This section is from the book "The Law Of Real Property and Other Interests In Land", by Herbert Thorn Dike Tiffany. Also available from Amazon: A Treatise on the Modern Law of Real Property and Other Interests in Land .
The common law rule is that a prescriptive right appurtenant to land can be asserted only in favor of one who has an estate in fee simple in the land, for the benefit of which the user is made, and that if a tenant for life or years undertakes to assert such a right, he must assert it as having been acquired by the tenant in fee simple, under whom he claims.22 The right is appurtenant to the land rather than to any particular estate in the land. An easement in gross acquired by prescription, on the other hand, belongs to the per18. Nichols v. Boston, 98 Miss. 39, 93 Am. Dec. 732; Attorney General v. Revere Copper Co., 152 Mass. 444, 9 L. R. A. 510, 25 N. E. 605: People v. Page. 39 N. Y. App. Div. 110, 56 N. Y. Supp. 834, 58 N. Y. Supp. 239 (semble). Compare Kirschner v. Western & A. R. Co., 67 Ga. 760.
19. Woodworth v. Raymond, 51 Conn. 70; Attorney General v. Revere Copper Co., 152 Mass. 444, 9 L. R. A. 510, 25 N. E. 605; Brookline v. Mackintosh, 133 Ma»3. 215, 225 (pollution of stream); Felton v. Simpson, 11 Ired L. (33 N. C.) 84; Hume v.
Rogue River Packing Co., 51 Ore. 237, 31 L. R. A. (N. S.) 396, 131 Am. St. Rep. 732, 83 Pac. 391, 92 Pac. 1065, 96 Pac. 865; Goodman v. Saltash Corp. 7 App. Cas. 633; Neaverson v. Peterborough Rural Council (1902) 1 Ch. 557.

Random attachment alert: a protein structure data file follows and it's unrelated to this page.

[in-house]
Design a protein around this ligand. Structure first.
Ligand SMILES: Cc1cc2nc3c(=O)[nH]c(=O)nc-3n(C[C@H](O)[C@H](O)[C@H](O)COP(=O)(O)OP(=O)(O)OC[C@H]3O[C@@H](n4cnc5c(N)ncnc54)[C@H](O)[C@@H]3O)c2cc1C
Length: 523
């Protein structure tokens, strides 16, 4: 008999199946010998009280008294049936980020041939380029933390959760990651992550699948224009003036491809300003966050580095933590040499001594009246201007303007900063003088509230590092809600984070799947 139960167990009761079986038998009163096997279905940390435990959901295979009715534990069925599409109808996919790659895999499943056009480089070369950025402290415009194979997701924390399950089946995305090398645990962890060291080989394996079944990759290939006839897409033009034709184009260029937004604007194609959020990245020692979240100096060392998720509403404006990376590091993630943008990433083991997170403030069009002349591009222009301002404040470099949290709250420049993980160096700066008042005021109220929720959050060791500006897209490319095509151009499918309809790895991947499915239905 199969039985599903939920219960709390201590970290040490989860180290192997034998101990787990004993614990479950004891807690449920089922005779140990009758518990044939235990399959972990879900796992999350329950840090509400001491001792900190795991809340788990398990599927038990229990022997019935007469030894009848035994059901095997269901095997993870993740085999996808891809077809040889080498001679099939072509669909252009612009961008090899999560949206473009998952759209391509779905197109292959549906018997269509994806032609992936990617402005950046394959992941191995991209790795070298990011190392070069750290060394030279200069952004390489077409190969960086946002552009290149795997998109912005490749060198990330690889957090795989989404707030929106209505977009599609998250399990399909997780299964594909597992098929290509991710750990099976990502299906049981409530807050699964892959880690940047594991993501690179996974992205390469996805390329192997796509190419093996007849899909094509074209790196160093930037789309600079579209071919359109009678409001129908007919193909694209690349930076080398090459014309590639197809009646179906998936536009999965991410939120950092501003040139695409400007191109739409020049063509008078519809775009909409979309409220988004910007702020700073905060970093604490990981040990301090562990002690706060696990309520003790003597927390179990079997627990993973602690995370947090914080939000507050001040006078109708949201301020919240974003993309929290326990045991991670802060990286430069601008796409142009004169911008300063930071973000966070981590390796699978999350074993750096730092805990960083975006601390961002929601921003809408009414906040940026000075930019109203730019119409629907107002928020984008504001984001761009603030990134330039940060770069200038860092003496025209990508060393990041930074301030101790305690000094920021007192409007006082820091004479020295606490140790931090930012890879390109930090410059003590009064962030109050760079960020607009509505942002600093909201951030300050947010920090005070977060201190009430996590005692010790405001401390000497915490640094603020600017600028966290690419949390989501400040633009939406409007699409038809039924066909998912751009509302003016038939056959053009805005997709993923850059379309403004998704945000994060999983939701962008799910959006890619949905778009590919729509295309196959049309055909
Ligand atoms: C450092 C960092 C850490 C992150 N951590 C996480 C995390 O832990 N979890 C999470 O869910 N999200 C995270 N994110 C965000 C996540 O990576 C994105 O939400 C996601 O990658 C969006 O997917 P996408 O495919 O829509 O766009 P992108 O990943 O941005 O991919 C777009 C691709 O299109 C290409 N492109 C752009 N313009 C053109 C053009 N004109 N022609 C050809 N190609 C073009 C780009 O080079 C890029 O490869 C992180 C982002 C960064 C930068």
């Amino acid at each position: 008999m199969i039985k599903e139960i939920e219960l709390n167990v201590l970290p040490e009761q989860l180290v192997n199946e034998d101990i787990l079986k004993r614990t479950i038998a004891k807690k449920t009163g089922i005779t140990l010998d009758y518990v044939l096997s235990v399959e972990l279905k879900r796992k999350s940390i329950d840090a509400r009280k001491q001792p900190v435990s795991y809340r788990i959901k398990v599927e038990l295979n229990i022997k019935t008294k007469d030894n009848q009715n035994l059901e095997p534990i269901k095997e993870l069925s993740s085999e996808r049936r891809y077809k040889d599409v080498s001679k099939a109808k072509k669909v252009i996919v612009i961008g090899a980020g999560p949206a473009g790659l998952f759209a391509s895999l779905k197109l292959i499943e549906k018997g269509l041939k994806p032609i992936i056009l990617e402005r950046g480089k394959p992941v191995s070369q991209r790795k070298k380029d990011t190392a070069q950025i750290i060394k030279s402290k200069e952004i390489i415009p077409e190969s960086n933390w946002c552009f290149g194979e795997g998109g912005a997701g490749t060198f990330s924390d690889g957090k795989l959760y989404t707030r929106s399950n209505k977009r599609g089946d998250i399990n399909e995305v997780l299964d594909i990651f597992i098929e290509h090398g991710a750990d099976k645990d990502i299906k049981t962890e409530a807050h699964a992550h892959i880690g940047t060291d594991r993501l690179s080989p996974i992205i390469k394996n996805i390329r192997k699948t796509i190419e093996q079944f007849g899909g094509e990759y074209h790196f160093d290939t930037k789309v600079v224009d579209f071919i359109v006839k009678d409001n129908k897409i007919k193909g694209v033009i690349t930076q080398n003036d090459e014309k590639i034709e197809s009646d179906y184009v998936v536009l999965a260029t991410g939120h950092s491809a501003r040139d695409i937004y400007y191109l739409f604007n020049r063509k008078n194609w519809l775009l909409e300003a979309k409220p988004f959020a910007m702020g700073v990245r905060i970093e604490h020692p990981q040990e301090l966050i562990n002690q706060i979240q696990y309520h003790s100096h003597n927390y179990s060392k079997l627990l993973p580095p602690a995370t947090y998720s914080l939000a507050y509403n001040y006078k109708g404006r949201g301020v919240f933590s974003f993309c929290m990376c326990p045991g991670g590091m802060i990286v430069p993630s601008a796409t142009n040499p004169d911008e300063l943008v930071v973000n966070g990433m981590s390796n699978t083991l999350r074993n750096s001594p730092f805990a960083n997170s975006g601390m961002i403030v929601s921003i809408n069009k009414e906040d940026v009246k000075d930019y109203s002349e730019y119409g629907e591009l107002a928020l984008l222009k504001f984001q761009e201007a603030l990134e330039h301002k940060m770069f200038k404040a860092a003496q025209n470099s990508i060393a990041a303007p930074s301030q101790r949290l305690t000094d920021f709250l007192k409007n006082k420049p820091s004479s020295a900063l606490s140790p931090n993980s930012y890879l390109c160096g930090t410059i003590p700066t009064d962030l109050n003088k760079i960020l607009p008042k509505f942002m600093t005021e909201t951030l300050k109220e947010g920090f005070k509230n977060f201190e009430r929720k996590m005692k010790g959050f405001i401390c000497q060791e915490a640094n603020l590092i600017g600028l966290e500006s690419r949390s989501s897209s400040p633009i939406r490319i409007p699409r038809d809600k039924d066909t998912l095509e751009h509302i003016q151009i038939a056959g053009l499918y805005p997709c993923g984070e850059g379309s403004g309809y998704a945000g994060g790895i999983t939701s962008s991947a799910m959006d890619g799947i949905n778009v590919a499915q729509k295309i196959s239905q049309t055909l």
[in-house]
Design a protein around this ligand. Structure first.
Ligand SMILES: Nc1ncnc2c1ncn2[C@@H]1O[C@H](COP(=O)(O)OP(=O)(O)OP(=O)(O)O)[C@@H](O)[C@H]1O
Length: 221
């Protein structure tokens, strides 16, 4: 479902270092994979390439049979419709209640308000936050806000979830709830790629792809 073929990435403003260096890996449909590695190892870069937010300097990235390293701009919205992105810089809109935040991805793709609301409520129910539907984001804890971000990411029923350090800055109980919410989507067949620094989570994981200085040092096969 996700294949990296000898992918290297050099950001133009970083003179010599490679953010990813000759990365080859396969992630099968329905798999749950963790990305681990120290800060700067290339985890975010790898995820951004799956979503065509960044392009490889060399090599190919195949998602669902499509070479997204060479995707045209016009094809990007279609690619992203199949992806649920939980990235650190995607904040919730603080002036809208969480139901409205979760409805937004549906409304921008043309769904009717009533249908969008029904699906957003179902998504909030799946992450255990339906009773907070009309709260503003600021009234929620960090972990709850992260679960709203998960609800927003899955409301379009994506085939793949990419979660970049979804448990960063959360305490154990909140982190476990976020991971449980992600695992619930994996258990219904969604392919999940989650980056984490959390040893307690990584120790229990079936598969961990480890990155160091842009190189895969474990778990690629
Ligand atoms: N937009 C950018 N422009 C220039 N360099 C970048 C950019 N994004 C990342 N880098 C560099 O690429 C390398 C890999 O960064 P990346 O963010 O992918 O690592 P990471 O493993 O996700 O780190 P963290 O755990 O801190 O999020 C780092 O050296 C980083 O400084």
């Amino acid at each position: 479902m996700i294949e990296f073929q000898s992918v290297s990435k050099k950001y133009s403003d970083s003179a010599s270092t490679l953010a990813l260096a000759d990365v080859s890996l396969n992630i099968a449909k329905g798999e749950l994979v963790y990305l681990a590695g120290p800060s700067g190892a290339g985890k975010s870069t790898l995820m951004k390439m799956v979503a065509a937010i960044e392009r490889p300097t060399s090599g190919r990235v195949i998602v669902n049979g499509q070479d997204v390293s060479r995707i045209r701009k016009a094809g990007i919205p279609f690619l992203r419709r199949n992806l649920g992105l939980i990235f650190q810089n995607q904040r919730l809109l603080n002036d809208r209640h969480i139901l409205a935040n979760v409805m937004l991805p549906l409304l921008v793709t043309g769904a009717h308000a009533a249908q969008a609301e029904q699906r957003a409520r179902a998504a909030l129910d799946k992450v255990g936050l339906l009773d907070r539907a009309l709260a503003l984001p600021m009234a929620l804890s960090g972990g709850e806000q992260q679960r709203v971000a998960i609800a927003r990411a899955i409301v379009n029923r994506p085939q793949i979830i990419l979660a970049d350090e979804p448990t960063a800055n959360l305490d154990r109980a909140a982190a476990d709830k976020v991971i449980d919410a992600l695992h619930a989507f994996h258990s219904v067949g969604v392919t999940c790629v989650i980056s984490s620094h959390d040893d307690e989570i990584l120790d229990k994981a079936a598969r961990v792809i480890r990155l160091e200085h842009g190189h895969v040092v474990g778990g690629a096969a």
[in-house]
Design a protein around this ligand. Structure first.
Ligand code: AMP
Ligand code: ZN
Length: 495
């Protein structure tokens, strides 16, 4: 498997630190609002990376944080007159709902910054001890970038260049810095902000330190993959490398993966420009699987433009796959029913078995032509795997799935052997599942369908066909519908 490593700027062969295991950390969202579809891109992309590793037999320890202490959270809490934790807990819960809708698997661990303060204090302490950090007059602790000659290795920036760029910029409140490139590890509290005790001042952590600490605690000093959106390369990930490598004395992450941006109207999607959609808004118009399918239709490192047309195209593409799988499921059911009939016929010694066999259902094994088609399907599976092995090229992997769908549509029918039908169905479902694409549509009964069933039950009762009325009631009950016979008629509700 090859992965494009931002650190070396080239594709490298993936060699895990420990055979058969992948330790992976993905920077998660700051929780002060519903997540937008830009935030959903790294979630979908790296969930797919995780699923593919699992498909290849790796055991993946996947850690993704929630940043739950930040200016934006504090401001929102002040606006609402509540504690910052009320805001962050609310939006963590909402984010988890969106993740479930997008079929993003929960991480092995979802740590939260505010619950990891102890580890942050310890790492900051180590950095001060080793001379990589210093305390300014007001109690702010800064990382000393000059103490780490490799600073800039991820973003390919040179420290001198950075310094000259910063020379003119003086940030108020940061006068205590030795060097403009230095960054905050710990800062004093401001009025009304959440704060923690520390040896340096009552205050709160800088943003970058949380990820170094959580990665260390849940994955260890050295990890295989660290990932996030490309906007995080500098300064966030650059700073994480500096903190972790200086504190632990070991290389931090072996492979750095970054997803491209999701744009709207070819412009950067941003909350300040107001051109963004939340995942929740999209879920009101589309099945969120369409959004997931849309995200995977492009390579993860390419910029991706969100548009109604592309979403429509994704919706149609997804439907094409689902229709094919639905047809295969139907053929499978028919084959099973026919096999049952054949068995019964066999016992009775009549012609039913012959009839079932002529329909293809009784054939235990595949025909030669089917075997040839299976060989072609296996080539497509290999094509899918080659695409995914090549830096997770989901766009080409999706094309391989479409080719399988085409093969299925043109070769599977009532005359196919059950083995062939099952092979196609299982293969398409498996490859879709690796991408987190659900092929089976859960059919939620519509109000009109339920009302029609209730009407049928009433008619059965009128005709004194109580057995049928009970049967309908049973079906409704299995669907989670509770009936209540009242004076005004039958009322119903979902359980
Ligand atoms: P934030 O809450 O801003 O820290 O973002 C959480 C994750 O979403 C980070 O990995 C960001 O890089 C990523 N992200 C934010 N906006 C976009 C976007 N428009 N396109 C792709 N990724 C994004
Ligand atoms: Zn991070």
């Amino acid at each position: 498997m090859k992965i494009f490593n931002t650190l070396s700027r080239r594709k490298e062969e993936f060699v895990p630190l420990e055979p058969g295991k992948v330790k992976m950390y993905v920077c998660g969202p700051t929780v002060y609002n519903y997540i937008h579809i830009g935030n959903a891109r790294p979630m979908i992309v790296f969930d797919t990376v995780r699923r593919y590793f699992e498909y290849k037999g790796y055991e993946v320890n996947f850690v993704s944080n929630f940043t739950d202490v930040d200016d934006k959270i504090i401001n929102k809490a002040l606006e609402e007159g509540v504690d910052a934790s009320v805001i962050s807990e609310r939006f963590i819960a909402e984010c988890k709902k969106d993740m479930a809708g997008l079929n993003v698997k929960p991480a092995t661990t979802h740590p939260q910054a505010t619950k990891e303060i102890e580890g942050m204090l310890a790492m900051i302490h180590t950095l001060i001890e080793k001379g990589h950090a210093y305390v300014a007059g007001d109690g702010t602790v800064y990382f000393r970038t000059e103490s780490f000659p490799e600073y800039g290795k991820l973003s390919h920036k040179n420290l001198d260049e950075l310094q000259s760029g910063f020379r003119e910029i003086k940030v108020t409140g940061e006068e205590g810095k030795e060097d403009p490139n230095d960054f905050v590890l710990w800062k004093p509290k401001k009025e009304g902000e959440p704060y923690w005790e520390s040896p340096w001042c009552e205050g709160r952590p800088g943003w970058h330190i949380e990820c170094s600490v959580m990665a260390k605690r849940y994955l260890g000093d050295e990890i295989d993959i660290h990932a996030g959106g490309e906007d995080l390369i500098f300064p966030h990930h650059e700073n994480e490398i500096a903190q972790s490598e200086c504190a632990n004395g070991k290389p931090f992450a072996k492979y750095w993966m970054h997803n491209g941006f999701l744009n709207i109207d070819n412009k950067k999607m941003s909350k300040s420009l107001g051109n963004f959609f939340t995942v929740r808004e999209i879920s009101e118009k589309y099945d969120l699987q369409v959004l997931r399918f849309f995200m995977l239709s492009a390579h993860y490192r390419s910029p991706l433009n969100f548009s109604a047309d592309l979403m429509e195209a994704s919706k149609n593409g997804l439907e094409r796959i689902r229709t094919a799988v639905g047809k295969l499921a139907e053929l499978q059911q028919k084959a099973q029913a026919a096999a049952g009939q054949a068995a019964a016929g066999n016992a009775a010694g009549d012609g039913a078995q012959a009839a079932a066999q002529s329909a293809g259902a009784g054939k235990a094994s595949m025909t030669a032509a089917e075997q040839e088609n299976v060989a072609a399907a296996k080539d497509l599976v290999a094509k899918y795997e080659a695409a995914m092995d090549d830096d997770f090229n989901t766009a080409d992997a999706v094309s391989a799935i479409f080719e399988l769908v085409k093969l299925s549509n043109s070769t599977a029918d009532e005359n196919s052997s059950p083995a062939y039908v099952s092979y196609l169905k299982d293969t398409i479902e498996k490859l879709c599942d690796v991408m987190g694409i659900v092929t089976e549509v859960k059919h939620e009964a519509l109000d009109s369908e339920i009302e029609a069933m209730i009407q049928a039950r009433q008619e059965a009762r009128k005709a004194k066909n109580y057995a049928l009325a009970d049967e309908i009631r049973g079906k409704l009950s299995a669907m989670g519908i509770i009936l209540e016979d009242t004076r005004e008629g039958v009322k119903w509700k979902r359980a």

20. Quincy v. Jones, 76 111. 231, 20 Am. Rep. 243
21. Burbank v. Fay, 65 N. V. 57; Rockdale Canal Co. v. Rad-cliffe, 18 Q. B. 287.
22. 2 Blackst. Comm. 265; God-dard, Easements (6th Ed.) 218; Perley v. Hilton, 55 N. H. 444; Smith v. Kinard. 2 Hill L. (S. C.) 642, note, See Wheaton v.
Son who exercised the user during the prescriptive period, and is ordinarily purely personal to him.22a of the right,26 though it may be regarded as tending to show that the user was permissive.27
That a municipality may acquire by prescription the right to use the land of an individual for a municipal purpose has been recognized,23 but the user of the land for the prescriptive period by individual inhabitants of the municipality is insufficient to create an easement in favor of the municipality.24
The public cannot, strictly speaking, acquire rights by prescription. Since a grant cannot be made to the public, there is no room for the presumption of a grant in such case. The analogy of prescription has however been freely applied in the case of highways, on the theory that an adverse user of private land by the public for the prescriptive period gives rise to a presumption that the land was dedicated for a highway, and the term prescription is almost invariably used in that connection. The matter of the establishment of a highway by reason of adverse user on the part of the public is discussed at the end of this chapter.